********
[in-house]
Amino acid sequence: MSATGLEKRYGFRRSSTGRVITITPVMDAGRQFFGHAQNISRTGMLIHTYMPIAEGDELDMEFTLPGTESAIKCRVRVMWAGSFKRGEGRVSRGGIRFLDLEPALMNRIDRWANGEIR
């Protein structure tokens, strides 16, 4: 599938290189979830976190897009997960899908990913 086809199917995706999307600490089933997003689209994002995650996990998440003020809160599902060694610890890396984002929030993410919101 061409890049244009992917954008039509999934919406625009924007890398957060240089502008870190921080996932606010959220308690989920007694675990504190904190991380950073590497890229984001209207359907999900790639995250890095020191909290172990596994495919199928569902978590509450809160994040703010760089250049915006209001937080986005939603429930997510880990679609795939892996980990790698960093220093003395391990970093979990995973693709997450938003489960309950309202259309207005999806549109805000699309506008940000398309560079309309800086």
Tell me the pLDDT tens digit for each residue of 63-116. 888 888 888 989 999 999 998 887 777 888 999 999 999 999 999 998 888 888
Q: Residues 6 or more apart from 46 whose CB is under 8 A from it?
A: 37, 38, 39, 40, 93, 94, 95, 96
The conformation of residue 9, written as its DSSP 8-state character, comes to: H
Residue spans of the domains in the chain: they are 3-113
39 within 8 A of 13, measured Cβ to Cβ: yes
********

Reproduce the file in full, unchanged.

[in-house]
Amino acid sequence: MSATGLEKRYGFRRSSTGRVITITPVMDAGRQFFGHAQNISRTGMLIHTYMPIAEGDELDMEFTLPGTESAIKCRVRVMWAGSFKRGEGRVSRGGIRFLDLEPALMNRIDRWANGEIR
């Protein structure tokens, strides 16, 4: 599938290189979830976190897009997960899908990913 086809199917995706999307600490089933997003689209994002995650996990998440003020809160599902060694610890890396984002929030993410919101 061409890049244009992917954008039509999934919406625009924007890398957060240089502008870190921080996932606010959220308690989920007694675990504190904190991380950073590497890229984001209207359907999900790639995250890095020191909290172990596994495919199928569902978590509450809160994040703010760089250049915006209001937080986005939603429930997510880990679609795939892996980990790698960093220093003395391990970093979990995973693709997450938003489960309950309202259309207005999806549109805000699309506008940000398309560079309309800086």
Tell me the pLDDT tens digit for each residue of 63-116. 888 888 888 989 999 999 998 887 777 888 999 999 999 999 999 998 888 888
Q: Residues 6 or more apart from 46 whose CB is under 8 A from it?
A: 37, 38, 39, 40, 93, 94, 95, 96
The conformation of residue 9, written as its DSSP 8-state character, comes to: H
Residue spans of the domains in the chain: they are 3-113
39 within 8 A of 13, measured Cβ to Cβ: yes